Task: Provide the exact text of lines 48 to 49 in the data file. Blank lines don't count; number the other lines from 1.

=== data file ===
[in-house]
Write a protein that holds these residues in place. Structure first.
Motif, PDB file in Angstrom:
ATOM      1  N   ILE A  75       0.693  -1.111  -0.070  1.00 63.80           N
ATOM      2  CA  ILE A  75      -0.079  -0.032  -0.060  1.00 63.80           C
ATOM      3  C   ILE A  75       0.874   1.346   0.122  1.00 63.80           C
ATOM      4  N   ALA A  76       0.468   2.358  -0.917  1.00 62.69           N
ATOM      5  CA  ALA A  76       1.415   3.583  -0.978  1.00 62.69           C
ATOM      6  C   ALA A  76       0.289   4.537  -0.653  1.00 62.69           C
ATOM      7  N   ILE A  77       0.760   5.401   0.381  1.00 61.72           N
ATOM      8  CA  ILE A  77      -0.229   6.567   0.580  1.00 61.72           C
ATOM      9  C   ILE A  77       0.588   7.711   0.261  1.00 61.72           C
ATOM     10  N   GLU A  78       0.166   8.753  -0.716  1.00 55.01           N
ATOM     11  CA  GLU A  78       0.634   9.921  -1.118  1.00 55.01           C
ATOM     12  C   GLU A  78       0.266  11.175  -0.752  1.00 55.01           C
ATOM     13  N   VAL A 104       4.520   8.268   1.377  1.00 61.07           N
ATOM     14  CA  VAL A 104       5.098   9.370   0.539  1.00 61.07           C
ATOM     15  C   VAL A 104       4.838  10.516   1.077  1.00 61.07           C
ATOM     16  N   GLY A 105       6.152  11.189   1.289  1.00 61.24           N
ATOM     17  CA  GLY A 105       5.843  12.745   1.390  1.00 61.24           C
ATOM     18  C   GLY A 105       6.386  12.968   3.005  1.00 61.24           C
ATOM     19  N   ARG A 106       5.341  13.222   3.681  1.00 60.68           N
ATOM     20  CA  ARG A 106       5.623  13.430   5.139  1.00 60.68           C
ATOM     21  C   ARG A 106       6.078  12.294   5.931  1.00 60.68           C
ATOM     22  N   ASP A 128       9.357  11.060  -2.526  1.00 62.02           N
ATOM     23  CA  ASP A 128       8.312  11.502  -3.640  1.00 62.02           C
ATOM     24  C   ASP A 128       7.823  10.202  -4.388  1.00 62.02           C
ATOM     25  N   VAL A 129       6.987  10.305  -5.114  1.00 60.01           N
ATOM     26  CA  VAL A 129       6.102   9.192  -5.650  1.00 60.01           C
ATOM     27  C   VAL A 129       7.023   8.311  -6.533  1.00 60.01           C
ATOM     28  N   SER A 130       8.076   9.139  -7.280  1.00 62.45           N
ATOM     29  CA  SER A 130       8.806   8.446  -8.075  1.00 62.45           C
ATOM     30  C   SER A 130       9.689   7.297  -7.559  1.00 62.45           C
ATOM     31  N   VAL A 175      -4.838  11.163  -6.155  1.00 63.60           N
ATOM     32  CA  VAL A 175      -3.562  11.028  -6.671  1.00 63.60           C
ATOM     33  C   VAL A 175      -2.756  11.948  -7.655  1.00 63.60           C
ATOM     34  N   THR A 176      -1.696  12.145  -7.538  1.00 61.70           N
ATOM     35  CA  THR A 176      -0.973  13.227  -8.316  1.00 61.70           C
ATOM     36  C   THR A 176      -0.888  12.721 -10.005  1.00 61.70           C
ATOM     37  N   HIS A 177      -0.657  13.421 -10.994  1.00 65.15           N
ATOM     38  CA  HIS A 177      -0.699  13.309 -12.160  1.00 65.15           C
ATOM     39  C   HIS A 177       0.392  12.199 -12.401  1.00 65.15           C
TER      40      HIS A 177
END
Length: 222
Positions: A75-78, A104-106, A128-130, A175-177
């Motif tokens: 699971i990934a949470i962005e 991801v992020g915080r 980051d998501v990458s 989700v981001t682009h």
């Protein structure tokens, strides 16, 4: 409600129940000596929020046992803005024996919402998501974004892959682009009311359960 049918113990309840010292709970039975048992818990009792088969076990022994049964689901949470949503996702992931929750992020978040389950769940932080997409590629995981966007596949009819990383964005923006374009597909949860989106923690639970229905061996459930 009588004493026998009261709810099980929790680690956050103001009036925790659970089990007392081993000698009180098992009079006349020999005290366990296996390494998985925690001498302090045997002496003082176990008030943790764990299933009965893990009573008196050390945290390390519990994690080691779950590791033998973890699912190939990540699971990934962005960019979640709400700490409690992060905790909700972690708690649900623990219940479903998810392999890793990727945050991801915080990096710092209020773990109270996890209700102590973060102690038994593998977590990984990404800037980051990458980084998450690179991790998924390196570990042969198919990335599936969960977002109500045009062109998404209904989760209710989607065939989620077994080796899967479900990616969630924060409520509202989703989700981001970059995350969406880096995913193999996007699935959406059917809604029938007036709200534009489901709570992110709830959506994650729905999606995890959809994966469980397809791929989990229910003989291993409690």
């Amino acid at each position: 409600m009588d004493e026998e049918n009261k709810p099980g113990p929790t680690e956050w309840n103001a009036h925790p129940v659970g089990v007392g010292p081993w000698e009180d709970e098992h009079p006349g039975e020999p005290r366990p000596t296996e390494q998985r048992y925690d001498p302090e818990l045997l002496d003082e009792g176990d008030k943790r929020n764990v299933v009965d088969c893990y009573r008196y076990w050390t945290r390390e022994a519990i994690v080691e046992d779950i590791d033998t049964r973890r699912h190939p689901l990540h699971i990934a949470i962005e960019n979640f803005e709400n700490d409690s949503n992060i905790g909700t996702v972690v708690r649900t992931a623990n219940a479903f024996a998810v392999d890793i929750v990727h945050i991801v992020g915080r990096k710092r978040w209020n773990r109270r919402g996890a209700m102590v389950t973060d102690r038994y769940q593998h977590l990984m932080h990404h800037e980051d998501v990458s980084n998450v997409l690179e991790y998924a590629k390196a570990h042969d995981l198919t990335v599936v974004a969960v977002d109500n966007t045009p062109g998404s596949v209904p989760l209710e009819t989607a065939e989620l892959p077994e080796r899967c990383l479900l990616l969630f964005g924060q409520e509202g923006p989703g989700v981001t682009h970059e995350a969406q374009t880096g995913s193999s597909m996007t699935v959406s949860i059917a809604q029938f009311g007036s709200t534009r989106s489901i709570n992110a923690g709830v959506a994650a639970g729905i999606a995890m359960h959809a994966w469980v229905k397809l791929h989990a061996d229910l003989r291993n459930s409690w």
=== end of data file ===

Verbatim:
């Protein structure tokens, strides 16, 4: 409600129940000596929020046992803005024996919402998501974004892959682009009311359960 049918113990309840010292709970039975048992818990009792088969076990022994049964689901949470949503996702992931929750992020978040389950769940932080997409590629995981966007596949009819990383964005923006374009597909949860989106923690639970229905061996459930 009588004493026998009261709810099980929790680690956050103001009036925790659970089990007392081993000698009180098992009079006349020999005290366990296996390494998985925690001498302090045997002496003082176990008030943790764990299933009965893990009573008196050390945290390390519990994690080691779950590791033998973890699912190939990540699971990934962005960019979640709400700490409690992060905790909700972690708690649900623990219940479903998810392999890793990727945050991801915080990096710092209020773990109270996890209700102590973060102690038994593998977590990984990404800037980051990458980084998450690179991790998924390196570990042969198919990335599936969960977002109500045009062109998404209904989760209710989607065939989620077994080796899967479900990616969630924060409520509202989703989700981001970059995350969406880096995913193999996007699935959406059917809604029938007036709200534009489901709570992110709830959506994650729905999606995890959809994966469980397809791929989990229910003989291993409690």
């Amino acid at each position: 409600m009588d004493e026998e049918n009261k709810p099980g113990p929790t680690e956050w309840n103001a009036h925790p129940v659970g089990v007392g010292p081993w000698e009180d709970e098992h009079p006349g039975e020999p005290r366990p000596t296996e390494q998985r048992y925690d001498p302090e818990l045997l002496d003082e009792g176990d008030k943790r929020n764990v299933v009965d088969c893990y009573r008196y076990w050390t945290r390390e022994a519990i994690v080691e046992d779950i590791d033998t049964r973890r699912h190939p689901l990540h699971i990934a949470i962005e960019n979640f803005e709400n700490d409690s949503n992060i905790g909700t996702v972690v708690r649900t992931a623990n219940a479903f024996a998810v392999d890793i929750v990727h945050i991801v992020g915080r990096k710092r978040w209020n773990r109270r919402g996890a209700m102590v389950t973060d102690r038994y769940q593998h977590l990984m932080h990404h800037e980051d998501v990458s980084n998450v997409l690179e991790y998924a590629k390196a570990h042969d995981l198919t990335v599936v974004a969960v977002d109500n966007t045009p062109g998404s596949v209904p989760l209710e009819t989607a065939e989620l892959p077994e080796r899967c990383l479900l990616l969630f964005g924060q409520e509202g923006p989703g989700v981001t682009h970059e995350a969406q374009t880096g995913s193999s597909m996007t699935v959406s949860i059917a809604q029938f009311g007036s709200t534009r989106s489901i709570n992110a923690g709830v959506a994650a639970g729905i999606a995890m359960h959809a994966w469980v229905k397809l791929h989990a061996d229910l003989r291993n459930s409690w």